To Bee or Not to Bee

To Bee or Not to Bee
Published: 14 February 2020

You’ve perhaps heard the quotation, usually attributed to Albert Einstein that “If the bee disappeared off the face of the Earth, man would only have four years left to live.”

While there’s absolutely no evidence that Einstein ever said that (and it’s not entirely accurate), bees are critically important for the environment and to the economy. It is estimated that pollinators, including honey bees, bumblebees and wild bees, contribute at least 22 billion EUR each year to the European agriculture industry. They ensure pollination for over 80% of crops and wild plants in Europe. (source European Commission)

And beyond that, bees have a deep symbolism for humanity; viewed as tireless workers that build large cities of their own, with enduring diligence, ready to die at any time in the defence of their community.

So, when The University of Guelph planned to turn its long-standing research prowess in pollinator health and conservation into North America’s first one-stop shop for honey bee research, education and outreach, they wanted that all to be reflected in the architecture of the centre.

Moriyama & Teshima Architects won the international competition to design the facility which features a building with a structure rising from the middle that resembles a beehive, surrounded by a walkway and a field of beehives.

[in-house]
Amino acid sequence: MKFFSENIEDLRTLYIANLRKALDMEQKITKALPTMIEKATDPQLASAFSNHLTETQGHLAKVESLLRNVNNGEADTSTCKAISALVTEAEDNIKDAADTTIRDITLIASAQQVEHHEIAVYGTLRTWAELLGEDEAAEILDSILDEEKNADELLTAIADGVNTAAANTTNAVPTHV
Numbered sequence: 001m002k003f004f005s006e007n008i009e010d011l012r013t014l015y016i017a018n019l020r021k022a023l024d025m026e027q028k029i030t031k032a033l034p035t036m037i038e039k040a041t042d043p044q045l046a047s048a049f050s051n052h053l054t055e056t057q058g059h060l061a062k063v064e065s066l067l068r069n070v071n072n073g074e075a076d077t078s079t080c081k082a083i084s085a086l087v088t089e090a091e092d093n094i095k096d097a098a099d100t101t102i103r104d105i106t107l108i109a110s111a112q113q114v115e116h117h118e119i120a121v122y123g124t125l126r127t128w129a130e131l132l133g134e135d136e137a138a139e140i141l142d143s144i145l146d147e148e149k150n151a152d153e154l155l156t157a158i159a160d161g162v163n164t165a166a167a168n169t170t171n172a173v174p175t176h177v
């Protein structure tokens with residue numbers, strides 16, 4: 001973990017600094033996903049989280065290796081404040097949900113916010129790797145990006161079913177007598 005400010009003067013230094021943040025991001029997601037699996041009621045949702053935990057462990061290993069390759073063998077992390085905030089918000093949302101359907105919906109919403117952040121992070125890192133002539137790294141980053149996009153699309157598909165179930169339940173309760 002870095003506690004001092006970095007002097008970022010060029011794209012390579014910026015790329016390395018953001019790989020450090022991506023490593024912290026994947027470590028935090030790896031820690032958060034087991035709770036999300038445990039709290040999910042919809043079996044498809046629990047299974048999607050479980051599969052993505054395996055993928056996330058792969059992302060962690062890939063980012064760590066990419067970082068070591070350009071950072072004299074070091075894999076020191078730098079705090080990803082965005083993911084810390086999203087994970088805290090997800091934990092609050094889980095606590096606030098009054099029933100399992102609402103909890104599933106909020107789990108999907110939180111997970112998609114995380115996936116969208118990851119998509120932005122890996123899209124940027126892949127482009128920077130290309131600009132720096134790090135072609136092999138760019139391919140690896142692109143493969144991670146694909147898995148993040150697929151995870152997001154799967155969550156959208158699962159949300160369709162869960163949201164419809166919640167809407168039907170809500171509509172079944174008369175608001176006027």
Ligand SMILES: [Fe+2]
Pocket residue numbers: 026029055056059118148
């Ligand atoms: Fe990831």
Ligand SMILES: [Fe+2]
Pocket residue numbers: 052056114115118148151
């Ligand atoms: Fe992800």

The iconic complex is designed to exemplify sustainability, including elements such as natural ventilation and low-carbon building materials.

A ground-level pathway rises up onto a rooftop garden, allowing visitors to loop around in a manner similar to a bee’s flight path. The pollinator-friendly landscape on the roof and around the centre includes working hives, native plantings and agricultural plots. Shallow pools serve as fountains for flying insects, and introduce opportunities for up-close viewing and learning.

Pollinator gardens carpet the centre’s roof and surrounding landscape.

A tower serves as an interpretive centre and solar chimney. Its exhibits raise awareness of pollinator pathways—natural corridors that allow bees, butterflies, moths and other insects to move through habitats.

On ground level, the centre houses flexible research and learning spaces. The facility welcomes children and adults alike. Windows allow visitors to see into the centre’s labs and honey processing facilities. Glazed walls with oversized doors connect the indoor and outdoor learning spaces. The interior is covered with 500 x 370-mm cells, whose size derives from the wood frames used in beekeeping. They serve for display, storage, seating and other functions.

The climate emergency’s impact on honeybee health is a core design consideration. The mass timber structure is sourced from sustainably managed forests, reducing the greenhouse gas impact of the construction. All components of the superstructure—including the columns, roof and walls—are made of wood. Passive design techniques include ground-source heating, natural ventilation, high-performance envelope and mechanical systems, and rain gardens.

An on-site apiary is part of the centre’s research facilities. At a higher level, the centre’s program and design highlight the similarities between humans and honey bees. Honey bees are social and collaborative, they work and are productive, and their well-being is closely tied to the land—just like humans.

Among the jury comments, Cindy Wilson said: “The angles and topography of the roof are inviting, making the building completely accessible. Programmatically, the exhibit space and landscape are so intertwined that the landscape becomes building. In addition to the connection between research and formal gardens, the discovery path feels like the flightpath of a bee, allowing education, discovery and imagination to co-exist.